Thought provoking story of a crusading lawyer advocating legal representation for sentient animals. Some view the argument as ridiculous, but it is worth pointing out that the legal representation is only being asked to protect animals from the harmful consequences of human actions, so one can't merely dismiss the issues as irrelevant to human law!
Of course animals are often protected in law, but one thrust of the argument is that in efficacy terms, this protection will only ever be realised if they can be given legal representation.
Obviously this is a highly philosophical dilemma, but worth pointing out how the assumption of human 'uniqueness' is so often undisputed (a pervasive problem in my scientific field of social evolution where people often assume humans are especially altruistic).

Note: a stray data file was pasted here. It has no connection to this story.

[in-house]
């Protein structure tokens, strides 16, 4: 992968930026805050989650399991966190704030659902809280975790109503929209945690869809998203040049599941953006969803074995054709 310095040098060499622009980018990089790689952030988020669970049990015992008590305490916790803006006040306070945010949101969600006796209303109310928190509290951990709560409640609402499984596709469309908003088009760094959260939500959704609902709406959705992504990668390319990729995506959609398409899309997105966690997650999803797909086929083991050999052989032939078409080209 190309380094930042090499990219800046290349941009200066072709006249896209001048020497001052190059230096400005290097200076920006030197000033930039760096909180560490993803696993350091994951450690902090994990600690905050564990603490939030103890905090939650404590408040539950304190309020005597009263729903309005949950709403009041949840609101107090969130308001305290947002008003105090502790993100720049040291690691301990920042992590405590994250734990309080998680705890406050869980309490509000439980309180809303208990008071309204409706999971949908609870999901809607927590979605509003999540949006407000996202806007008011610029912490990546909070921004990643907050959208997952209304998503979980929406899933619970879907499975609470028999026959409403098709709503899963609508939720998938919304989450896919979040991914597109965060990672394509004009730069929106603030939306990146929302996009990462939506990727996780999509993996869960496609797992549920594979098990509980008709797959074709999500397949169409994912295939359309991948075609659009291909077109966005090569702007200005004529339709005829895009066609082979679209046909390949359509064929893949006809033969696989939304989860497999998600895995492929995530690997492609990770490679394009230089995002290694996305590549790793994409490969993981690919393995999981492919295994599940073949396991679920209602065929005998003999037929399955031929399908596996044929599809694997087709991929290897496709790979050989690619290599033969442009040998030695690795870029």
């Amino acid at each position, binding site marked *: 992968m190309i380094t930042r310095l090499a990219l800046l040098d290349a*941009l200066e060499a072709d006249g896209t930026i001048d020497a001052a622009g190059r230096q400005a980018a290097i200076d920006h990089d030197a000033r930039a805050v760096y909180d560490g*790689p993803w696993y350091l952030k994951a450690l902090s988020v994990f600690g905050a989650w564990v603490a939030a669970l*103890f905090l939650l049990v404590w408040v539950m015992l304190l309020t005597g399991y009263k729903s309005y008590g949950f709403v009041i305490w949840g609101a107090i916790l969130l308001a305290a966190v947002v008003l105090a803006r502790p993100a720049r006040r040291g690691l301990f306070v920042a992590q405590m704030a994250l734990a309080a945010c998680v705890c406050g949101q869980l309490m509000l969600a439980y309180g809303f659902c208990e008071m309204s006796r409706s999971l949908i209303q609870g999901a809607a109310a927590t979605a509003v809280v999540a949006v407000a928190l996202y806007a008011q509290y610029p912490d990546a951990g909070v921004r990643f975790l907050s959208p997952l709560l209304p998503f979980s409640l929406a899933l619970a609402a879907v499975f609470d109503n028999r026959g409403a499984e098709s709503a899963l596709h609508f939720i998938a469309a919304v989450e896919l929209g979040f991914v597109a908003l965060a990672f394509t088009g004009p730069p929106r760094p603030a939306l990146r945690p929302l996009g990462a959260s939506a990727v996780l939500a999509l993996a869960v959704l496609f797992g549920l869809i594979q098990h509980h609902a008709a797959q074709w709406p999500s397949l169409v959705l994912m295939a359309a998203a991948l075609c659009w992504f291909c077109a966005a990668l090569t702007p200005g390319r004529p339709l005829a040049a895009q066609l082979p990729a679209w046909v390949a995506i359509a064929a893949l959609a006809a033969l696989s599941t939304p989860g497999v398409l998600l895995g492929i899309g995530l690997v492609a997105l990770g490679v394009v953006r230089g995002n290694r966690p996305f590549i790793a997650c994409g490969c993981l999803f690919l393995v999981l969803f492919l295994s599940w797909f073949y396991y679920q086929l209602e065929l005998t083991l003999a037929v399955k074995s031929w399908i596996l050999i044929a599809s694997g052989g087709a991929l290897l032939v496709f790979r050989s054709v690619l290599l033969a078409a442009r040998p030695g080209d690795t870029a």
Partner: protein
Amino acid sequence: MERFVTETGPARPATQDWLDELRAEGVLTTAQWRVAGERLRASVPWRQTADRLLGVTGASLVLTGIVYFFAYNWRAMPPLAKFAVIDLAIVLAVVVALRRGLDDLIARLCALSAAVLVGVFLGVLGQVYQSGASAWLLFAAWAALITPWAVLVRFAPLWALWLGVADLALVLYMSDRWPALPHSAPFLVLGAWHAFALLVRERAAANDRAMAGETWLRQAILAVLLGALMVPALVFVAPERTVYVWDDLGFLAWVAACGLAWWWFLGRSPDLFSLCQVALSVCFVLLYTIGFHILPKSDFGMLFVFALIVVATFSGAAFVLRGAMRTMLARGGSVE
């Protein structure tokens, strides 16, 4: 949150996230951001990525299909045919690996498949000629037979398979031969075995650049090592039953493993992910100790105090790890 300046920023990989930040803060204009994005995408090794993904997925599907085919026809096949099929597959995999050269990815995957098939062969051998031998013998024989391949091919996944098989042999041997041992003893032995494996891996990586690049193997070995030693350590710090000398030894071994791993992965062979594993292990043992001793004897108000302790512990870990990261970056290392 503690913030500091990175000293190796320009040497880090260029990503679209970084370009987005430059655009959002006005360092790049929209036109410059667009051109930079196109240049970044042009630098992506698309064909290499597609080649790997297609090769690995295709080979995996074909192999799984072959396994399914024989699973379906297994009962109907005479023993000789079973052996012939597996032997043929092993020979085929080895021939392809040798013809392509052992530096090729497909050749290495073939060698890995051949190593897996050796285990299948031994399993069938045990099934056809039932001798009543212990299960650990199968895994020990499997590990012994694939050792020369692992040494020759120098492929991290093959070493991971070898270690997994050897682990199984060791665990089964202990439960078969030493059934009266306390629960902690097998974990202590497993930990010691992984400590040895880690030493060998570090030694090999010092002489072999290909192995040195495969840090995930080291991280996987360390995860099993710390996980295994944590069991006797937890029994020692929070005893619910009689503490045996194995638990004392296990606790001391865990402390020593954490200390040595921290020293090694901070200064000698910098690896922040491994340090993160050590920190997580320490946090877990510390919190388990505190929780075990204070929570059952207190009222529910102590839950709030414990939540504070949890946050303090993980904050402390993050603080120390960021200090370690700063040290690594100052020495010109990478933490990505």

As recently as 10 years ago Wise’s effort would have been laughed out of a courtroom. What has made his efforts viable now, however, is in part the advanced neurological and genetic research, which has shown that animals like chimpanzees, orcas and elephants possess self-awareness, self-determination and a sense of both the past and future. They have their own distinct languages, complex social interactions and tool use. They grieve and empathize and pass knowledge from one generation to the next. The very same attributes, in other words, that we once believed distinguished us from other animals. In a 2001 debate with Peter Singer, Judge Richard Posner of the United States Court of Appeals for the Seventh Circuit — who has debated Wise as well — argued that only facts will lead to according animals rights, not intuitions. “Much is lost,” Posner stated at one point, “when . . . intuition is made a stage in a logical argument.” And yet in that same debate, Posner stated that the special status we humans accord ourselves is based not on tests or statistics but on “a moral intuition deeper than any reason that could be given for it and impervious to any reason that you or anyone could give against it.” That inherent irrationality at the heart of humanity’s sense of exceptionalism is what most worries Wise.